There are no bumpy detours or scarred hillsides or tributes of ribbons and flowers.
Last week, about 22 children and teenagers from Oso and Darrington just got to be kids.
Jalen Maltos, 13, showed off a homemade superhero mask Thursday morning. He'd been enjoying his day at summer camp.
“It's fun because you get to go do a lot of things and time goes by slowly because I think you remember everything more,” he said.
Camp Killoqua, operated by Camp Fire USA, is offering free summer camps to children affected by the March 22 Oso mudslide.
The camps would normally cost $500 or more. Organizations donated $61,515 for about 120 camp sessions this summer and in 2015. Donors include Friends of Camp Fire, United Way of Snohomish County, Cascade Valley Hospital Foundation and New York Life Insurance Company.
So far, 98 children from kindergarten to 12th grade have registered for the free camps, Camp Killoqua Director Carol Johnson said.
Camp Killoqua has seven separate weeklong sessions this summer. The last camp is scheduled to end Aug. 16. Children from Oso or Darrington may qualify to attend one week free, and registration is open, said Pearl James, summer camp director.
It's rather informal so far, James and Johnson said. Parents explain how the Oso mudslide affected their children and someone at the camp can help them register.
Most of the Oso and Darrington kids at Camp Killoqua last week said it was their first time going to summer camp.
Campers were divided into cabins based on age and gender. Children from Darrington and Oso mingled with about 115 others. Some knew each other before camp, but most of the faces were new.
Friends Leilani Davis, Mia Green, Mekayla Smith-Day and Danielle Cook waited to splash into the cool waters of Crabapple Lake on a sunny Thursday morning. The four 9-year-olds are from the Darrington area.
They loved the camp's cookout and scavenger hunt, where they dressed their camp counselor up as a supervillain. They swam, took walks in the woods and did arts and crafts. All four agreed that swimming and games were the highlights of Camp Killoqua.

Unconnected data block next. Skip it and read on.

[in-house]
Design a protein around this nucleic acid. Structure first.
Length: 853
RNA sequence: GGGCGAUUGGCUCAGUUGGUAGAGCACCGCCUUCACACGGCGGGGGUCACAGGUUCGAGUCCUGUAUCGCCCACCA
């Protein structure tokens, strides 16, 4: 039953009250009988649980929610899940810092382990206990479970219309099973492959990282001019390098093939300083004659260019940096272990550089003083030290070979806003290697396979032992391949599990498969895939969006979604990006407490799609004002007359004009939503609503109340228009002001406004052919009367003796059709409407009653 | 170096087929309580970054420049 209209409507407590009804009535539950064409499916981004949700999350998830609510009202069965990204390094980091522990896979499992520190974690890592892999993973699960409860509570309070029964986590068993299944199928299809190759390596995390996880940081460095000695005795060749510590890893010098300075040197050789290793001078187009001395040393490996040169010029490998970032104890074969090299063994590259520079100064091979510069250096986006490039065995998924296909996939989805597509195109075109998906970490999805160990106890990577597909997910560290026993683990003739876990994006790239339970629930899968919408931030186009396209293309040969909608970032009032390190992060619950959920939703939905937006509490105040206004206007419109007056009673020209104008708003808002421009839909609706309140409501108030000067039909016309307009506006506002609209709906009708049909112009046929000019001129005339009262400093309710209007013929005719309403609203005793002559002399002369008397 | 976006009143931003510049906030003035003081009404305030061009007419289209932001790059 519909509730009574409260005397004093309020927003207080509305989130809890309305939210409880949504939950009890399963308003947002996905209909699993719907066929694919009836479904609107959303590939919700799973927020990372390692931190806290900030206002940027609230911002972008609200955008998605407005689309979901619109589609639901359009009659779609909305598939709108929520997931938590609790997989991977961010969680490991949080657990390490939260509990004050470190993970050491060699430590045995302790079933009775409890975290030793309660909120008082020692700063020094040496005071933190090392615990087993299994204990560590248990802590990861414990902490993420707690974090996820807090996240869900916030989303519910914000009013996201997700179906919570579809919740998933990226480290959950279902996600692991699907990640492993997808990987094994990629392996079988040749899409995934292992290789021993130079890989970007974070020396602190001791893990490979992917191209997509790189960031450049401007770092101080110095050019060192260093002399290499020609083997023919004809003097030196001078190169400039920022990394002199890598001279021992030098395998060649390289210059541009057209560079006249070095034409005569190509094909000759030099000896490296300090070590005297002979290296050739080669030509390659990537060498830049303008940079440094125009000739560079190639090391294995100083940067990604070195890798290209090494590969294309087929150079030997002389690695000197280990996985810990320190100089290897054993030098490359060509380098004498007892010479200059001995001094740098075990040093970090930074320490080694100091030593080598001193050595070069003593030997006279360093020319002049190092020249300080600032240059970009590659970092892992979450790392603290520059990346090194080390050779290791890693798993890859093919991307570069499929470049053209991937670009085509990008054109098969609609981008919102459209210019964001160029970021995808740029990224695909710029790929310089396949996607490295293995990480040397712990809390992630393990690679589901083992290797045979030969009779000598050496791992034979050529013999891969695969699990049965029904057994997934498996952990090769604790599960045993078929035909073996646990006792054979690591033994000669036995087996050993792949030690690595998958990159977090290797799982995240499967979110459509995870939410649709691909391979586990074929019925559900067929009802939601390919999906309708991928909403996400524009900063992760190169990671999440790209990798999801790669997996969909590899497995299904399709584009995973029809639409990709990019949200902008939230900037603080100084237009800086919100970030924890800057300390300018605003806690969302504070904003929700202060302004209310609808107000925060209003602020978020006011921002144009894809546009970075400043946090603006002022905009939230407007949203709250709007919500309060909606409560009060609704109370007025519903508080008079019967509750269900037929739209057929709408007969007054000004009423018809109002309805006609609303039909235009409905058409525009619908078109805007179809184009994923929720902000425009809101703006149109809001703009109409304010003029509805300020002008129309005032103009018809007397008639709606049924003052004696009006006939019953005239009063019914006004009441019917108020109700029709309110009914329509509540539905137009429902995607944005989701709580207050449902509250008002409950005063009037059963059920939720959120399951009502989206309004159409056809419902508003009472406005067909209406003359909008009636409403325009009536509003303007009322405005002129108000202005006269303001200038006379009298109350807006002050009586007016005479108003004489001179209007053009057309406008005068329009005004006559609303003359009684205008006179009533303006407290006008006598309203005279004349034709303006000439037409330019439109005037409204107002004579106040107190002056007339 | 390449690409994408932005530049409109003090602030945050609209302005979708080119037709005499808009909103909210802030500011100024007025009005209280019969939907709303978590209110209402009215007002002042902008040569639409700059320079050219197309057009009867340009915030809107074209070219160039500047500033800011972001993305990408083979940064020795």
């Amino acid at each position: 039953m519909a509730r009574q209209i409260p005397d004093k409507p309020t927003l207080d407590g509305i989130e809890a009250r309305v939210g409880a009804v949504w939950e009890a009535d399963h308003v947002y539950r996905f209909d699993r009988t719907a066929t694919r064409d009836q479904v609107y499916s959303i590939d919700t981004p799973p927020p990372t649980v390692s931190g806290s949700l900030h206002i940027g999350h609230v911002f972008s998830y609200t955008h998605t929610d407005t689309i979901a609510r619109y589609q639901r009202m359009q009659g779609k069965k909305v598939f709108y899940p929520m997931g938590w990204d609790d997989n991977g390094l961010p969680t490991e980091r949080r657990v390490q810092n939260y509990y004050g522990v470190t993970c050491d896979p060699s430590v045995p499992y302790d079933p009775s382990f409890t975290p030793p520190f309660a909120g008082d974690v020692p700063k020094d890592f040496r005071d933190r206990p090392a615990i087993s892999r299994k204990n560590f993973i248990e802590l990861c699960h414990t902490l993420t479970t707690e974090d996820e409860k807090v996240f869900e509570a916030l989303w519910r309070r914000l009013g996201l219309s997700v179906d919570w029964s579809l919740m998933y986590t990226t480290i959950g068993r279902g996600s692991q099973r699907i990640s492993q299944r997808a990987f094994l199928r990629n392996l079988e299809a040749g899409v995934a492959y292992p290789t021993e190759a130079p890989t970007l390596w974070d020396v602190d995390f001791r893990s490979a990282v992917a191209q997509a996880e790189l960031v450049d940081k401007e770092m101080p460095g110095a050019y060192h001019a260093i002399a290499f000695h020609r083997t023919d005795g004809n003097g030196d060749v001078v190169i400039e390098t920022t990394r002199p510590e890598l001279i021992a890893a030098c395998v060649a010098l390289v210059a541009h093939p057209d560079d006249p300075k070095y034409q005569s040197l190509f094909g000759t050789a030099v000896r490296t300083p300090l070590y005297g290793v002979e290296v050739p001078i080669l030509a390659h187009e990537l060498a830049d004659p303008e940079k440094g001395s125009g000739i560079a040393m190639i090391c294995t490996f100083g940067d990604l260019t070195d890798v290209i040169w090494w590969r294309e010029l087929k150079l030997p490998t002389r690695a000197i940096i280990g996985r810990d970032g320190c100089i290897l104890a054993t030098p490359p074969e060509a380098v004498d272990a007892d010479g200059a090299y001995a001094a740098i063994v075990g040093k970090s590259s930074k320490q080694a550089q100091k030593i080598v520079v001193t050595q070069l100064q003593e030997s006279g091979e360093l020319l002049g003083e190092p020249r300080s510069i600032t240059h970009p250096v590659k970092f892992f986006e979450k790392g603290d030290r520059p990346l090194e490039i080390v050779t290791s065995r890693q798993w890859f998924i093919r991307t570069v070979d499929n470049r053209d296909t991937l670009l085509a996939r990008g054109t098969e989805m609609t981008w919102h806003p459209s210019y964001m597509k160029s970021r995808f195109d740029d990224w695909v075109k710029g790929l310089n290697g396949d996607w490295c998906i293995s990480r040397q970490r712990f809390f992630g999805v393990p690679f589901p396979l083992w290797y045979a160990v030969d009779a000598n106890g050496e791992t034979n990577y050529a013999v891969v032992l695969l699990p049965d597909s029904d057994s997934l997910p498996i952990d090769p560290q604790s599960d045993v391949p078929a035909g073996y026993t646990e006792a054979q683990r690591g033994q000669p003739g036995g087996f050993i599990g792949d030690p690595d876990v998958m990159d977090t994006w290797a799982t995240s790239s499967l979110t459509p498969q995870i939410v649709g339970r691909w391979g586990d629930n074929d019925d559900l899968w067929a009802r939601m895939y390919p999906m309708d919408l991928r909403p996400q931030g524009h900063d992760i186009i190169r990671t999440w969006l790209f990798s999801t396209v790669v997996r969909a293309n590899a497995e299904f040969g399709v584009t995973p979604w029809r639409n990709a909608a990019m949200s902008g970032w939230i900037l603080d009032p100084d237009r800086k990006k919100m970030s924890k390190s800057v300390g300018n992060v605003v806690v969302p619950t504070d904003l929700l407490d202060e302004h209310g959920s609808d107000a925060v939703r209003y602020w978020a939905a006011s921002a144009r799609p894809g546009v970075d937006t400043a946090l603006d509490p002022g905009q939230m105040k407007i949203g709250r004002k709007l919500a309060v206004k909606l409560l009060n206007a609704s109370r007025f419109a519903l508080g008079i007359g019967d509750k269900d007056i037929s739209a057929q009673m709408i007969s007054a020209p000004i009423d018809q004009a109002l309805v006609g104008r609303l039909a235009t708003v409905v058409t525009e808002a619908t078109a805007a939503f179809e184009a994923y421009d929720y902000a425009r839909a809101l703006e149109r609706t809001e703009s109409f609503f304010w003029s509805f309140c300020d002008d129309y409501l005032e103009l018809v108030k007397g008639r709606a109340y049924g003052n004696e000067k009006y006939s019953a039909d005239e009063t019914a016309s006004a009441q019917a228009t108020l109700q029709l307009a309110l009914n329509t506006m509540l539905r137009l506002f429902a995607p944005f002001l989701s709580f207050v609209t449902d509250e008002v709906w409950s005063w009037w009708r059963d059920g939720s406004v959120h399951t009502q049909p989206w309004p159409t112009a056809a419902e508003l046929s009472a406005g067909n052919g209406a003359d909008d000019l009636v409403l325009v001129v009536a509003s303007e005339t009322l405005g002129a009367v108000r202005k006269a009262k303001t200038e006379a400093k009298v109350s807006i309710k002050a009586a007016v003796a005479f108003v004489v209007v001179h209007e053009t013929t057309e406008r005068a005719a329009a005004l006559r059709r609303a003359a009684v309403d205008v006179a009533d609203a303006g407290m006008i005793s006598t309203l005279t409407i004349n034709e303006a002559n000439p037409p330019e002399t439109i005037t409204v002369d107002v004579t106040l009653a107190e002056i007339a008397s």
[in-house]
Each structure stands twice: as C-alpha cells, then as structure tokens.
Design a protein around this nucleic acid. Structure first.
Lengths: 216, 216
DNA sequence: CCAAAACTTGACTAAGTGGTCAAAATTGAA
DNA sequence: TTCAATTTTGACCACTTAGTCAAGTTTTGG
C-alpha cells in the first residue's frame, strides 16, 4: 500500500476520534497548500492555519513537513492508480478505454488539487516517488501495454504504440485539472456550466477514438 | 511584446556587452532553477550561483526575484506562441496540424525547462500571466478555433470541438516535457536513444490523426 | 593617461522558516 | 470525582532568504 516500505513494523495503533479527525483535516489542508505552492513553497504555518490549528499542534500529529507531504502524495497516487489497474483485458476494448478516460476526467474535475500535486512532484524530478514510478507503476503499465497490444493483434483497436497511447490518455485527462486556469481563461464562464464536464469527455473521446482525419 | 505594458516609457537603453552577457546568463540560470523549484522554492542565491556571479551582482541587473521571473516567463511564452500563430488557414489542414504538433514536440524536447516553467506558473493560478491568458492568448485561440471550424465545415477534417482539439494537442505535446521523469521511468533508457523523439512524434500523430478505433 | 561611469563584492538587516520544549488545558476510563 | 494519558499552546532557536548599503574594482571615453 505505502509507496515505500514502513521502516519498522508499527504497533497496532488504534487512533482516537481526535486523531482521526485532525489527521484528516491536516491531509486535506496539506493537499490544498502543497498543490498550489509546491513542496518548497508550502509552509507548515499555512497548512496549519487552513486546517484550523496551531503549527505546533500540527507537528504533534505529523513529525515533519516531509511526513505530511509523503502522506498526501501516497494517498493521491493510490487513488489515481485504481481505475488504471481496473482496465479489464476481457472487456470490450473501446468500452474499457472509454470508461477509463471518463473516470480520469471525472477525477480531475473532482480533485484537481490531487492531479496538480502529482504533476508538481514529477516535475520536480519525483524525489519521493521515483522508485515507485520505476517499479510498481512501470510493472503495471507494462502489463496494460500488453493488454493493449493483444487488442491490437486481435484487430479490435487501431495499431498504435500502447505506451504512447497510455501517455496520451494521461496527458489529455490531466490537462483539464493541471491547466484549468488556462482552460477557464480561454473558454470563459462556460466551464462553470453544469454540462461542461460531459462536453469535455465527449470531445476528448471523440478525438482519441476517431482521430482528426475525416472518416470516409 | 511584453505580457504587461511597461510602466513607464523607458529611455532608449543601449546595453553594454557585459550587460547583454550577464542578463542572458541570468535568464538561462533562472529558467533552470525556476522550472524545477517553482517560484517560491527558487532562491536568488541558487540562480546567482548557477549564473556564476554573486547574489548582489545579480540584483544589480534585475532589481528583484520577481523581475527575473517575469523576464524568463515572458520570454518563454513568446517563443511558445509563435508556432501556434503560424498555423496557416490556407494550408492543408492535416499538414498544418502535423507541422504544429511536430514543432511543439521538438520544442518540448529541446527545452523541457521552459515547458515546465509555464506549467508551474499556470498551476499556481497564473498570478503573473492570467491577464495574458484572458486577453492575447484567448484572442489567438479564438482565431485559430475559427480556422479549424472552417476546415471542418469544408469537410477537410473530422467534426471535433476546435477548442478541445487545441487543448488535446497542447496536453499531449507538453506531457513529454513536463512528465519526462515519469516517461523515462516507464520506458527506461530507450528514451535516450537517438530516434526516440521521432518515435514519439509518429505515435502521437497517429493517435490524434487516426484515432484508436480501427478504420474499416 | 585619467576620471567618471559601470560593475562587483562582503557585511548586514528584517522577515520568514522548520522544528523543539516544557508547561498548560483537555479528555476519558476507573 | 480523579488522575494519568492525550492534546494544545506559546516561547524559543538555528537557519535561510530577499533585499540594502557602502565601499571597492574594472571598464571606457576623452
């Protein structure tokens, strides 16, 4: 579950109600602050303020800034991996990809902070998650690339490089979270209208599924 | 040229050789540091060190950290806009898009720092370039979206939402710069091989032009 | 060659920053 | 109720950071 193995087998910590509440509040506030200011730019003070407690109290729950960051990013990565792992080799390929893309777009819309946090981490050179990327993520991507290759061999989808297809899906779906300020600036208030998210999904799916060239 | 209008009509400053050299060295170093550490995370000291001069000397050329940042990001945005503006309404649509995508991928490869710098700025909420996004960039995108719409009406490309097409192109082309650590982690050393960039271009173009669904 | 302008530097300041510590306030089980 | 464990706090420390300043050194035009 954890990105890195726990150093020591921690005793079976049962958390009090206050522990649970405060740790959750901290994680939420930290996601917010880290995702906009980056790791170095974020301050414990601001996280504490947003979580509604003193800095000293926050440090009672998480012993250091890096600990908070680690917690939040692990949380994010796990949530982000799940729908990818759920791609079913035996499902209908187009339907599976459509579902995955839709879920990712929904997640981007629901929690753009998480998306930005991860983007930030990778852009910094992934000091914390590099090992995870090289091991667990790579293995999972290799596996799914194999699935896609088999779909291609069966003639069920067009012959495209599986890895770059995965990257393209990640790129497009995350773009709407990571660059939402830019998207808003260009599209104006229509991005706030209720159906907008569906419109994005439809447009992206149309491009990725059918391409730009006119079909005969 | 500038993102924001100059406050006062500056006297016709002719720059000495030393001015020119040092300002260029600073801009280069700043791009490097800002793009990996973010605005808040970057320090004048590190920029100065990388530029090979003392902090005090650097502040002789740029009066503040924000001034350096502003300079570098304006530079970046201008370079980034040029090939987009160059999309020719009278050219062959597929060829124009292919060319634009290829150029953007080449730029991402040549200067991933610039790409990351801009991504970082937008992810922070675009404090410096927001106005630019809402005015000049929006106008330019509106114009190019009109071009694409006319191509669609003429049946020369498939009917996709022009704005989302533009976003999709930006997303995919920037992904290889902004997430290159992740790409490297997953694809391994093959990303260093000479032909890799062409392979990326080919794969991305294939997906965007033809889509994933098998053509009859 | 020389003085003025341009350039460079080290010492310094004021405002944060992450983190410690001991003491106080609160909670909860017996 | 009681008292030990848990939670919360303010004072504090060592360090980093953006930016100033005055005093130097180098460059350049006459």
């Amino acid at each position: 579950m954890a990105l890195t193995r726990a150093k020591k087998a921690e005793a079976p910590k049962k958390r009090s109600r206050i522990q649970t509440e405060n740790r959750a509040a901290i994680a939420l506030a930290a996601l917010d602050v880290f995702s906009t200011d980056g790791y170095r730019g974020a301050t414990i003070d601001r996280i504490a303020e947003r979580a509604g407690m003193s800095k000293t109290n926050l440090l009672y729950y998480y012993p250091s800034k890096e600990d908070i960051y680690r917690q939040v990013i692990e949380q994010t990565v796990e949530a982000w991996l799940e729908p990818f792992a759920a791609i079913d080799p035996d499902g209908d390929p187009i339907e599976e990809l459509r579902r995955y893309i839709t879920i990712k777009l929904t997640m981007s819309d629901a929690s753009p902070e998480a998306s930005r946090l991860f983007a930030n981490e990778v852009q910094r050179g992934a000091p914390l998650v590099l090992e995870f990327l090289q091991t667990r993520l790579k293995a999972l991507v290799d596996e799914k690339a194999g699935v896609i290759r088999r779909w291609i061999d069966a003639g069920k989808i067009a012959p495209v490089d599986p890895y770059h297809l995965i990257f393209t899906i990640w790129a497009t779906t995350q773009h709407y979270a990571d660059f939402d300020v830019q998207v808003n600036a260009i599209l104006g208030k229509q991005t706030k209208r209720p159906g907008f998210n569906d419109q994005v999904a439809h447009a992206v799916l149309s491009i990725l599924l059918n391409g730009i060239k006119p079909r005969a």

Fellow campers Andrea Edwards, Jordan Maltos and Morgen Schoneman were already in the water, splashing and laughing.
Jordan, 11, said she and her friends wanted to come to camp “so we don't have to stay at home anymore.”
Camp gives kids a sense of independence and camaraderie, James said.
“They get this opportunity to have a week where they're a normal kid and they don't have to see all the rescue efforts and rebuilding they see every day at home,” she said.
Camp Killoqua also hosted a grief camp in June for children impacted by the mudslide. Another grief camp is planned next year.
“After the slide happened, what we always think about is ‘what about the kids?'” James said. “There was all this focus on the recovery and relief efforts, and we thought, ‘What can we do for the kids?' It came up almost immediately: Let's get them to camp.”
The number of families who responded surprised organizers, James said, but so did the immediate swell of community support. A lot of people were looking for ways to help.
Camp Killoqua was established in 1941. Camp counselors and staff are trained and paid, James said.
Weeklong sessions teach activities like horseback riding, archery and high rope or climbing wall courses. General sessions include swimming, hiking, crafts, games and cookouts, James said.
Trent Hebert, 9, sat on a log with about 10 other boys Thursday, playing games and waiting for lunch. Another camper bounded over, wondering if the group had heard about the mudslide that happened.
Trent nodded. His house was close to the slide, he said. His family moved, and he thinks they'll be moving again sometime soon, maybe to Leavenworth.
But Thursday, he wasn't so worried.
It was cookout day, and the campfire was set to be blazing soon, with the promise of fresh-roasted food and new friends.
Kari Bray: 425-339-3439; email@example.com.
Call Camp Killoqua at 360-652-6250 for more information about the free camp sessions.
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